Sidechain Compression on Basslines

The use of sidechain compression on various elements of club tracks is these days fairly well prolific.  Given that fact, you might wonder why I’m posting about sidechain compression of basslines… a fundamental technique, that’s been used in club music for years.  Whilst it’s a well known technique, it’s also not always easy to execute, nor to judge whether you’ve achieved the correct effect. Hence I wanted to document a few notes about my typical approach to sidechaining basslines, and a real example from a recent track.

The first thing to note is that it’s very hard to give ‘ballpark’ settings for bassline sidechain compression. Appropriate settings depend a lot on the tonality of the kick drum, and moreso the pattern of the bassline. If I’m trying  to come up with initial settings for the compressor, I tend to think about it analytically, along the lines of the following. ..

  • Fundamentally, you want to avoid having the bassline and bass drum overlap by playing the same frequency range at the same time.  I aim to set the compressor to compress the bassline where any such overlapping exists.
  • As bass drums typically start with a higher frequency attack (e.g. click) and then quickly descend in pitch to a low drone as they decay, the decay portion is typically where you need to be careful of overlapping the bassline.
  • The attack and release parameters are important as they’ll typically contribute a lot to the feel or groove of the bass. For example if your bassline notes are sounding at the same time as the decay of the kick, you’ll typically want to use a fast attack setting, so the compressor is engaged quickly when the drum and bassline notes overlap. Conversely, if the bass drum and bassline notes are more separated in terms of timing (i.e. little overlap), a slower attack setting might provide a more natural sound.
  • Depending on how quickly a bass drum hit sounds after a preceding bassline note will similarly contribute to the release setting.  As with the attack setting, generally the greater the overlap of notes in this regard, the quicker release setting you might want to use.
  • EQ filtering of the sidechain input from the bass drum can sometimes be useful to prevent certain frequency ranges from triggering the compressor.  E.g. if the pitch of your bassline is relatively high compared to the drum,  you may want to apply some high pass filter to the sidechain input,  so that the low frequency parts of the bass drum don’t trigger the compressor (if the bassline is relatively higher pitched, there should be less overlap at the lower frequencies)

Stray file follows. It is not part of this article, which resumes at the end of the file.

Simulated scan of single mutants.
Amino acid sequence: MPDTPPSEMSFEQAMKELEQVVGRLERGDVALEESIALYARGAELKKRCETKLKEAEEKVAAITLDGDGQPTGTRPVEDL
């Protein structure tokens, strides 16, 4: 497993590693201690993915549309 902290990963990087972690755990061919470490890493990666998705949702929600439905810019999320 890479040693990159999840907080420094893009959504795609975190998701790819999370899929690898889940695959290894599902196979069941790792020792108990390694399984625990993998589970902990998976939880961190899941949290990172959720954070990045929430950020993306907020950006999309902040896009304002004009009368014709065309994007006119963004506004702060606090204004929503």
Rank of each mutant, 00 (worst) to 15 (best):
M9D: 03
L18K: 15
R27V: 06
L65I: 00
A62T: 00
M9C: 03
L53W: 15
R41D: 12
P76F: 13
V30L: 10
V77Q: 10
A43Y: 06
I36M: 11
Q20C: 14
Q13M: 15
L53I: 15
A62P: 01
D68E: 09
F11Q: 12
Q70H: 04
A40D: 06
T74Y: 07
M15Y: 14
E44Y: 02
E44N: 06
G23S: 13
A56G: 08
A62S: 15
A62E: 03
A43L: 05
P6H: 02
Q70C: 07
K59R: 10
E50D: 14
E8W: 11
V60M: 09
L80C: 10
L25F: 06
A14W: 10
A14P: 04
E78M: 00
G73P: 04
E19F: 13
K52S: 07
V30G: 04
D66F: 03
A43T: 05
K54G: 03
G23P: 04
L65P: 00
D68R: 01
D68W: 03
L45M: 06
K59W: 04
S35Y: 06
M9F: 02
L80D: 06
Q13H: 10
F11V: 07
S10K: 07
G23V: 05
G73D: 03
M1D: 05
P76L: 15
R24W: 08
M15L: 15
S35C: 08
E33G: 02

That said, I usually use the above thinking as a guide only, and ultimately the sound and feel/groove should determine the final settings.  This is a case where it’s highly preferable to use monitors with a sufficient low frequency response, so you can really hear (and/or feel) the effect of the sidechained compression.

For my track ‘Cantana 1‘, I used the following settings…

sidechain-compression-on-basslines-1

The controls which don’t have marked scales were set as follows…
Sidechain HP: 29Hz
Threshold: -12.6dB

The bassline in this track was very much a ‘drone’ type sound, rather than having clearly separated, distinct notes.  Because of this, there was not much (if any) natural gap between the bass drum hits and the bassline notes.  Hence I lent towards fast attack and fast release settings to try and maximize the separation between the two parts (i.e. avoid the aforementioned ‘overlap’ as much as possible).  I started out with a fairly fast release setting also to try and make the initial attack of the bass drum more isolated, and more prominent.  The threshold and ratio were set by ear… I just kept adjusting both until I achieved what I thought gave the best balance between the levels of the bass drum and bassline.  I.e. I wanted to strike a balance between…

  • Not having too much compression so that the bassline level was pushed down too far with each drum hit.
  • Not having too little so that the two sounds were too smeared and indistinct.

The final attack and release settings were also set by just auditioning various combinations and deciding which gave the best rhythm and feel (after starting with the dials on the faster end of the scale, as mentioned).

Before and after audio clips of the 2 parts soloed are below (again you’ll need headphones or monitors with adequate bass response to properly hear the difference)…

Without sidechain compression

With sidechain compression

Although the audible difference is fairly subtle, the bassline’s waveform changes considerably…

sidechain-compression-on-basslines-2
Normal bassline waveform
sidechain-compression-on-basslines-3
Bassline waveform with sidechain compression
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